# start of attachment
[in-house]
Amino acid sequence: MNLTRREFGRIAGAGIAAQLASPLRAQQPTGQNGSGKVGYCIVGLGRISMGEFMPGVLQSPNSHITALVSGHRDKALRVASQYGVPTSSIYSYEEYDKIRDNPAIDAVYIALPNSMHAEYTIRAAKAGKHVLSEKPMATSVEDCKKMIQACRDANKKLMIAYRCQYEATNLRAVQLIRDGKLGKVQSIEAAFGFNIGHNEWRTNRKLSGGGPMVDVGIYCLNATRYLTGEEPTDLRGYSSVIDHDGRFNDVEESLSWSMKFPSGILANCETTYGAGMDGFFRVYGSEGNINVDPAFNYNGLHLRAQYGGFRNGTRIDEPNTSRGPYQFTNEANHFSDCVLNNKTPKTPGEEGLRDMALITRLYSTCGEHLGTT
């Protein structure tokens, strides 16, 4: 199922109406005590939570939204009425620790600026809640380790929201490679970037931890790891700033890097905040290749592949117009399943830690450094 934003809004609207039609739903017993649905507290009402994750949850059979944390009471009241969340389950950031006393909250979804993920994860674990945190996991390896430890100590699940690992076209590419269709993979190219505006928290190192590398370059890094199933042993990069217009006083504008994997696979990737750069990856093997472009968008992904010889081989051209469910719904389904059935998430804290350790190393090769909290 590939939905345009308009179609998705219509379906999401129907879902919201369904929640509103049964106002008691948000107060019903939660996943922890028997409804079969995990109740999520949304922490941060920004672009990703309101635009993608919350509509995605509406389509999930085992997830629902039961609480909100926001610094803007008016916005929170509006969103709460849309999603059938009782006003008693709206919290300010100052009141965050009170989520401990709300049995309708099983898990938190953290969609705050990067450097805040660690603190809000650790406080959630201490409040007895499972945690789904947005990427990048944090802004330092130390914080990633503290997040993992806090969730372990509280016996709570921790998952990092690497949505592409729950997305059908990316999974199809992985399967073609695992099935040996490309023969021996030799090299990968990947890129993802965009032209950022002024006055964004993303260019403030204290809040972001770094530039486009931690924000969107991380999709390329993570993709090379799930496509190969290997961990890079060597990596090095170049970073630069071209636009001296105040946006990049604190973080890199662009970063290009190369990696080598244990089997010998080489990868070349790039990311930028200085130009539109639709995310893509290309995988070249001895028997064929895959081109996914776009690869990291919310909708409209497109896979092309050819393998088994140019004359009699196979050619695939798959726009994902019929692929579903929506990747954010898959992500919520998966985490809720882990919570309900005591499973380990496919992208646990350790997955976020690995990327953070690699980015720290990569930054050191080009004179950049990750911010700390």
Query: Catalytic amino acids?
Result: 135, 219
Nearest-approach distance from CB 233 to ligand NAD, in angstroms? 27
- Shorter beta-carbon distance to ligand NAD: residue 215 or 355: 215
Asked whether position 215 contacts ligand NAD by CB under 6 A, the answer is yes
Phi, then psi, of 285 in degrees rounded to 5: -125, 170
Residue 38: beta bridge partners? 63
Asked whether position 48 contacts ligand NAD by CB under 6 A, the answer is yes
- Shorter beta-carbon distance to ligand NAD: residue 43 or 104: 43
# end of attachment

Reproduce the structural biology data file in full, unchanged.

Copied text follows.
[in-house]
Amino acid sequence: MNLTRREFGRIAGAGIAAQLASPLRAQQPTGQNGSGKVGYCIVGLGRISMGEFMPGVLQSPNSHITALVSGHRDKALRVASQYGVPTSSIYSYEEYDKIRDNPAIDAVYIALPNSMHAEYTIRAAKAGKHVLSEKPMATSVEDCKKMIQACRDANKKLMIAYRCQYEATNLRAVQLIRDGKLGKVQSIEAAFGFNIGHNEWRTNRKLSGGGPMVDVGIYCLNATRYLTGEEPTDLRGYSSVIDHDGRFNDVEESLSWSMKFPSGILANCETTYGAGMDGFFRVYGSEGNINVDPAFNYNGLHLRAQYGGFRNGTRIDEPNTSRGPYQFTNEANHFSDCVLNNKTPKTPGEEGLRDMALITRLYSTCGEHLGTT
């Protein structure tokens, strides 16, 4: 199922109406005590939570939204009425620790600026809640380790929201490679970037931890790891700033890097905040290749592949117009399943830690450094 934003809004609207039609739903017993649905507290009402994750949850059979944390009471009241969340389950950031006393909250979804993920994860674990945190996991390896430890100590699940690992076209590419269709993979190219505006928290190192590398370059890094199933042993990069217009006083504008994997696979990737750069990856093997472009968008992904010889081989051209469910719904389904059935998430804290350790190393090769909290 590939939905345009308009179609998705219509379906999401129907879902919201369904929640509103049964106002008691948000107060019903939660996943922890028997409804079969995990109740999520949304922490941060920004672009990703309101635009993608919350509509995605509406389509999930085992997830629902039961609480909100926001610094803007008016916005929170509006969103709460849309999603059938009782006003008693709206919290300010100052009141965050009170989520401990709300049995309708099983898990938190953290969609705050990067450097805040660690603190809000650790406080959630201490409040007895499972945690789904947005990427990048944090802004330092130390914080990633503290997040993992806090969730372990509280016996709570921790998952990092690497949505592409729950997305059908990316999974199809992985399967073609695992099935040996490309023969021996030799090299990968990947890129993802965009032209950022002024006055964004993303260019403030204290809040972001770094530039486009931690924000969107991380999709390329993570993709090379799930496509190969290997961990890079060597990596090095170049970073630069071209636009001296105040946006990049604190973080890199662009970063290009190369990696080598244990089997010998080489990868070349790039990311930028200085130009539109639709995310893509290309995988070249001895028997064929895959081109996914776009690869990291919310909708409209497109896979092309050819393998088994140019004359009699196979050619695939798959726009994902019929692929579903929506990747954010898959992500919520998966985490809720882990919570309900005591499973380990496919992208646990350790997955976020690995990327953070690699980015720290990569930054050191080009004179950049990750911010700390």
Query: Catalytic amino acids?
Result: 135, 219
Nearest-approach distance from CB 233 to ligand NAD, in angstroms? 27
- Shorter beta-carbon distance to ligand NAD: residue 215 or 355: 215
Asked whether position 215 contacts ligand NAD by CB under 6 A, the answer is yes
Phi, then psi, of 285 in degrees rounded to 5: -125, 170
Residue 38: beta bridge partners? 63
Asked whether position 48 contacts ligand NAD by CB under 6 A, the answer is yes
- Shorter beta-carbon distance to ligand NAD: residue 43 or 104: 43